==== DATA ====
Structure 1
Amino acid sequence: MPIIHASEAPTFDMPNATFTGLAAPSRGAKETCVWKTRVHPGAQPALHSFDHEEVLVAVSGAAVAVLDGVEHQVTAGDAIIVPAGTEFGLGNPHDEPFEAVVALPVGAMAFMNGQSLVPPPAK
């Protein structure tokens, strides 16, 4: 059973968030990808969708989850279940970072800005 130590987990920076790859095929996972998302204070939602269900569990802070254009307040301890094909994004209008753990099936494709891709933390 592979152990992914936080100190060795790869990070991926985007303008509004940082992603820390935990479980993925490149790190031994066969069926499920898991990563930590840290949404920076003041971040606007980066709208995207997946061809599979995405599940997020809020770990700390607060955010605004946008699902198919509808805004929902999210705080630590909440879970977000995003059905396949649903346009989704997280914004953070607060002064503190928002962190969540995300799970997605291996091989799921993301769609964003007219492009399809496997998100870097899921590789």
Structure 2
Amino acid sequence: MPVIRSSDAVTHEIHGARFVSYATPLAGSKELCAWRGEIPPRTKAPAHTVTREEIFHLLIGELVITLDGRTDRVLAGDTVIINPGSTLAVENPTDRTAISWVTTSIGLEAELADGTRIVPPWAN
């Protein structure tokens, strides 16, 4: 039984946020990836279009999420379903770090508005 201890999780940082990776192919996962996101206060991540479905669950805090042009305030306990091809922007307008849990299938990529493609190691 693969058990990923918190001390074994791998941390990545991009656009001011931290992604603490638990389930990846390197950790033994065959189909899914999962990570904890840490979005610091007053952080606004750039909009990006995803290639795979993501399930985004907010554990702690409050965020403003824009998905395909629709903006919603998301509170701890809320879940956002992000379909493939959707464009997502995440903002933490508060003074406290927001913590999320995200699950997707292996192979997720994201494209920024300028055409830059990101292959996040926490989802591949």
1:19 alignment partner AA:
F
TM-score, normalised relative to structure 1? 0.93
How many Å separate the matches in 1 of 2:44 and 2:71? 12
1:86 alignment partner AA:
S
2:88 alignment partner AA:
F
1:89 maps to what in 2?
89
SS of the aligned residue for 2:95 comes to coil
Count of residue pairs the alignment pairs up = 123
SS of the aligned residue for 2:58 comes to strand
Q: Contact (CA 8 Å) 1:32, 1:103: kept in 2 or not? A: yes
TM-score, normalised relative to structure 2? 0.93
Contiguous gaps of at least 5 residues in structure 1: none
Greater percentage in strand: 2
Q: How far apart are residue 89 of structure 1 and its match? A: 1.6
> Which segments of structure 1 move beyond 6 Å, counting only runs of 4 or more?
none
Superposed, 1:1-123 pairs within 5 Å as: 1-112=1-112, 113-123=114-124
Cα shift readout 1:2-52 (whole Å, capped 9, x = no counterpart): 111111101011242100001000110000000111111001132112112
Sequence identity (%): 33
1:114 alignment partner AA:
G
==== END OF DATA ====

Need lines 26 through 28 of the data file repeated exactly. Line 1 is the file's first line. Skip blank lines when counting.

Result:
none
Superposed, 1:1-123 pairs within 5 Å as: 1-112=1-112, 113-123=114-124
Cα shift readout 1:2-52 (whole Å, capped 9, x = no counterpart): 111111101011242100001000110000000111111001132112112